If Jesus acknowledged his desires to God the Father, then you can certainly acknowledge yours, no matter how unacceptable they may seem to you. Like the old hymn says, “Jesus knows our every weakness; take it to the Lord in prayer.”
Do what Jesus did. Bring your desires to God, acknowledge them honestly, and ask for what you want. Do you want to have a child, to be in a relationship, to enjoy a relaxing vacation? Ask for that.
There are no guarantees though. Jesus still endured the cross. That didn’t keep him from asking. But in acknowledging and asking, he was finally able to surrender his desire. “Not my will, but yours be done.”
As you scroll through your social media, what desires come up? Do you know? Your social media could become your greatest source of prayer if you take time to notice the feelings that emerge. No, it’s not necessarily enjoyable. But it’s honest. And wouldn’t you like to be more honest with God? He already knows. Do you?
That’s the first thing. Pray your desires. Don’t squelch them. God knows them. Whatever feelings social media brings up, you can take those to God.
Teddy was right. “Comparison is the thief of joy.” But he doesn’t have to be. Comparison can drive us to pray more honestly.
Scrolling for Gratitude
Social media can do more than make you pray. It can also lead you to more joy. And you’ll find it in a surprising place—your own profile. Social media floods us with a steady stream of other people’s posts, and chances are we’re probably adding our own too. That’s not an accusation. It’s an opportunity.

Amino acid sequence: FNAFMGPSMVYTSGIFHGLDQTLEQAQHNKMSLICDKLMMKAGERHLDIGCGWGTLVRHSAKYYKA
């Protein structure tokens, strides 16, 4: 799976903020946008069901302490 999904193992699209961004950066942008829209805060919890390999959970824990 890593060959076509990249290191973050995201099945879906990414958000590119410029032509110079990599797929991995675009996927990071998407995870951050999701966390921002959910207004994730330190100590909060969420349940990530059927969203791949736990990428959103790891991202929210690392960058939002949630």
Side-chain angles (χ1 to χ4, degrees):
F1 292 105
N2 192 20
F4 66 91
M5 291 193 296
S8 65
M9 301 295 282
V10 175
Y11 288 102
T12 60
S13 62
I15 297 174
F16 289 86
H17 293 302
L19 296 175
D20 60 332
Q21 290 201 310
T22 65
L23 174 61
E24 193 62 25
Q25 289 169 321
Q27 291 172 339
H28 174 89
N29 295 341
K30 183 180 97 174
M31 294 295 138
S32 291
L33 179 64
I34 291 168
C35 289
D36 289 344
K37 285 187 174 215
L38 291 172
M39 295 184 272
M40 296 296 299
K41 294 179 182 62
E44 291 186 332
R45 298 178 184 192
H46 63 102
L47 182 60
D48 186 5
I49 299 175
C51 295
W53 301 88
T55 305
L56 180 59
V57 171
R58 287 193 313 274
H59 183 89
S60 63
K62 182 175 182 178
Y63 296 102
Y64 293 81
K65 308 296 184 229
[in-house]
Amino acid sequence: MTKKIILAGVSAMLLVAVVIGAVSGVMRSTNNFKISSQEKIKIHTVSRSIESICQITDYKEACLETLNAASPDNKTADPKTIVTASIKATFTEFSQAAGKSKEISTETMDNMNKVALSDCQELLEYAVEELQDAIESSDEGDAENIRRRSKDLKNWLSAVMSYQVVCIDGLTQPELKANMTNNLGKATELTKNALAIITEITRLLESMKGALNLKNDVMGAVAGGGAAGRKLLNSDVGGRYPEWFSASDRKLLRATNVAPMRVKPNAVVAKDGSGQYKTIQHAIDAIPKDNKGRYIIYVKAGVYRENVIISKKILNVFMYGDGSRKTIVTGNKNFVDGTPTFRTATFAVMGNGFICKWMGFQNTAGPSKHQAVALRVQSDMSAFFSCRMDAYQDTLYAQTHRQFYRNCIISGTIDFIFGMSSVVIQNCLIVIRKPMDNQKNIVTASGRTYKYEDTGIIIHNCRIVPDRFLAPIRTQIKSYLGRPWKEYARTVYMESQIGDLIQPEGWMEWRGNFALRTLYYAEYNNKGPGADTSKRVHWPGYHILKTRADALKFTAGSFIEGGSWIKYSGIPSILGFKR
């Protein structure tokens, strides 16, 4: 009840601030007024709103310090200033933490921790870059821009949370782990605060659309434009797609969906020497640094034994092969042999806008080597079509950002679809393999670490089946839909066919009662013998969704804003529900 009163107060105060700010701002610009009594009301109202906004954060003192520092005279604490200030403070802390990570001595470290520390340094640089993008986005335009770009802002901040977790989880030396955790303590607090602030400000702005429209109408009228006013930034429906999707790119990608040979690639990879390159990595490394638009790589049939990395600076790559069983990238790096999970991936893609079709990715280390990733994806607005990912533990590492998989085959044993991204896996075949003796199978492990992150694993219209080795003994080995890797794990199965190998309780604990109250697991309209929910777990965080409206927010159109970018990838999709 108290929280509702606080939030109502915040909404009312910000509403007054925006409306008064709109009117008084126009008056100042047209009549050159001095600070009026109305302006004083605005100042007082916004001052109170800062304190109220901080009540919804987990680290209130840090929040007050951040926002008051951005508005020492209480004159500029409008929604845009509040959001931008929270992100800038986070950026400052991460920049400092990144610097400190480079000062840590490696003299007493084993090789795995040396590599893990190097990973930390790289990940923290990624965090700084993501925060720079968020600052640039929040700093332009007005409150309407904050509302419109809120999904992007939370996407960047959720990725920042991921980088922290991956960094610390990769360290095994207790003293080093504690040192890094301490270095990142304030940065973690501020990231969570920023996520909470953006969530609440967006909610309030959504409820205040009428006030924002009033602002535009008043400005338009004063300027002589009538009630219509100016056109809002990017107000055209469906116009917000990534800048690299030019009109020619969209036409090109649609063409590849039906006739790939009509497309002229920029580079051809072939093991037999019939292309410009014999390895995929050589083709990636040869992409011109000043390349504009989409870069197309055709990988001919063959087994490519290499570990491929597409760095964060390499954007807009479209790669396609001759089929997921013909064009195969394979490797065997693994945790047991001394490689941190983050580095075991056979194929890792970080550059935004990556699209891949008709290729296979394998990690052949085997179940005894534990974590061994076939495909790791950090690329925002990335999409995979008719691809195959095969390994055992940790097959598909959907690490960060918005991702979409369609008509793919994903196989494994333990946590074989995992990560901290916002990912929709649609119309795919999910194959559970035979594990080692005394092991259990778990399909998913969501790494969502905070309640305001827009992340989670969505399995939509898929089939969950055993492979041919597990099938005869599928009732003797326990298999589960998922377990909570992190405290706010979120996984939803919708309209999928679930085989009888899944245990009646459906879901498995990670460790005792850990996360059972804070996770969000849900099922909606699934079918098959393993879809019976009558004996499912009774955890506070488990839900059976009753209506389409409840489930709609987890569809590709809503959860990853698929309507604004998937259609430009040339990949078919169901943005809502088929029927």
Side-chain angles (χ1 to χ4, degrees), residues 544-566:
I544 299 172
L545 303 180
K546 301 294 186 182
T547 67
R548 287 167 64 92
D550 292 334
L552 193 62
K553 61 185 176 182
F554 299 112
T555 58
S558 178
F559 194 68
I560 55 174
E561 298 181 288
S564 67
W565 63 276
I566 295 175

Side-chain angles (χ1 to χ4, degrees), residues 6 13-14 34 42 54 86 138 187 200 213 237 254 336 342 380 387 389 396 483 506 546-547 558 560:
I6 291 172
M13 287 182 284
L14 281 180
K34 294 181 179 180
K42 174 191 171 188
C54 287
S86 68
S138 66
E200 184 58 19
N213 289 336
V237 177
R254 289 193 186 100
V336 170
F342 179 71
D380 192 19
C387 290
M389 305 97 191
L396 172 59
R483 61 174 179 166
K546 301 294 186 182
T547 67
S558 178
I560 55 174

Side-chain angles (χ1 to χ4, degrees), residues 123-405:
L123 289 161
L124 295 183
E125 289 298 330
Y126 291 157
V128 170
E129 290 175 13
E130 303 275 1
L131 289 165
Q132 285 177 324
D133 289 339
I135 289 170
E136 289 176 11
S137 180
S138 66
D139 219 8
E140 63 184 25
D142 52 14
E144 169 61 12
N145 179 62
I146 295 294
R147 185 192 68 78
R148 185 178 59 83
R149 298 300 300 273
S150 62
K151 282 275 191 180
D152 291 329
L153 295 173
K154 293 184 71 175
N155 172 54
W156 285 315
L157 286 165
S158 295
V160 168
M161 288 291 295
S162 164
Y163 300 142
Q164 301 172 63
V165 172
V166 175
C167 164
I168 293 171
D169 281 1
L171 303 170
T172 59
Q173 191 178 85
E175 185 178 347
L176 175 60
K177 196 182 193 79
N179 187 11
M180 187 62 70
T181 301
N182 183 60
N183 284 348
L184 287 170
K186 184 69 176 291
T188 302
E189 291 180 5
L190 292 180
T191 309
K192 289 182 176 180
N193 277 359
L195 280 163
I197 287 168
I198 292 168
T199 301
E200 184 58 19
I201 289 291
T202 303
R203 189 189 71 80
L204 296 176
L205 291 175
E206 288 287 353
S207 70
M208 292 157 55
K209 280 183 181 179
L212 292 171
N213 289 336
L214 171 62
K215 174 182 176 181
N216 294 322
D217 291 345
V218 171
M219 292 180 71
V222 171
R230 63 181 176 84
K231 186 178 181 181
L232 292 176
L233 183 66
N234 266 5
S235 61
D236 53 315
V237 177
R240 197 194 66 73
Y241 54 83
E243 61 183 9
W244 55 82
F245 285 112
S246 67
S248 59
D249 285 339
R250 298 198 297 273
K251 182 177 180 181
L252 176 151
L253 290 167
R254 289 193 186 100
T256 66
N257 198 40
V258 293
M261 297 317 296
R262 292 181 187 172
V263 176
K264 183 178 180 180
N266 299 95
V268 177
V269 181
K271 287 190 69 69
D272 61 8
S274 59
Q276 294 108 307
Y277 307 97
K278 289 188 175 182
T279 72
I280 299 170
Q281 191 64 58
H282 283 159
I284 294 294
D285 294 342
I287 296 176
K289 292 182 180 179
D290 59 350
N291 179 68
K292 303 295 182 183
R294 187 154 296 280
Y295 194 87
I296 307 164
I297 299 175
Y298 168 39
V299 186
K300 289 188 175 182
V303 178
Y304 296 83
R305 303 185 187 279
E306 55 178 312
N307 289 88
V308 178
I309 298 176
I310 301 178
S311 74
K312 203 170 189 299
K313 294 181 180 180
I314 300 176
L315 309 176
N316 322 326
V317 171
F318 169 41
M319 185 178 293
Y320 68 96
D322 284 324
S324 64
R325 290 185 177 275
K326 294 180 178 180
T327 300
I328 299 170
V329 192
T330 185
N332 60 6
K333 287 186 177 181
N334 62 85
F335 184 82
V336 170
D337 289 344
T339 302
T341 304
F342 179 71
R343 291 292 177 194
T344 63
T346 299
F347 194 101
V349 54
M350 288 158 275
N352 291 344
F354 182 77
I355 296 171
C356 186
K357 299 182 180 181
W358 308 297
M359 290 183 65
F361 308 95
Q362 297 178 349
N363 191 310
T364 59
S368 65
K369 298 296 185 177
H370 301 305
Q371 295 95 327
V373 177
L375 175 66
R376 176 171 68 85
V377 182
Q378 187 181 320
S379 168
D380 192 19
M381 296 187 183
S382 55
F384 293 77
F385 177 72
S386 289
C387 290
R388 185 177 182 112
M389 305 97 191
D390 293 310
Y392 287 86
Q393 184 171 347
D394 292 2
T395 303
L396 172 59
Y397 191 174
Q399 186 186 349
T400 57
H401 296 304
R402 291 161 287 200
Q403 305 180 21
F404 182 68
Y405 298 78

Like everyone else on social media, we mostly post our joys. Activities with friends and family. Far-flung vacations. Weekend road trips. Surprising moments in our otherwise ordinary days. That means our profiles offer us the chance to look back and remember joy-filled moments.
As I wrote this article, I did just that. I went back and scrolled through my own Facebook wall from the past year. I was surprised at how many good things I’d forgotten so quickly. I’d had many good memories and fun events with friends and family. My cousin’s wedding that I officiated. The fifty-mile Labor Day bike ride with friends, into the wind—both ways. The overseas trip I had spent months anticipating. A day at the beach. A night at the drive-in. As amazing as they were, I’d nearly erased them. Facebook brought them all back—complete with joy.
And another feeling surfaced as well—gratitude. Not only was I remembering the happiness of those experiences but I was also adding joy and thanksgiving as I reflected on them.
In prayer, discontentment and longing are not the only ingredients. We can spend time in joy and gratitude as well. Prayers like that often lead to worship.
Take a minute. Go back to your own social media posts. Scroll through the past year. From the mundane to the momentous. What did you forget about? What made you smile? When specific memories stand out, do the feelings of those events begin to come back too? What about joy? Gratitude?
Eyes to See
As I walked away from Kyle’s garage that afternoon, I clutched his toy against my chest, wanting it to fill a longing in me that it never would. What I didn’t know then was that longing would still be with me all these years later and that I’d still be searching for ways to fill it.
Social media can remind me of my deepest needs and my truest desires. It can point me to the God I so desperately and truly long for. Rather than clutching at toys, I can cling to God, the one who brings joy when I bring him my desire. It happens through prayer. It happens through worship. And it can happen through social media, if only I have eyes to see.
by Adam Graber
@AdamGraber works at Tyndale House Publishers. His writing explores how technology is shaping faith. Read more in his ebook, From Pews to Podcasts: What Technology Wants for the Church.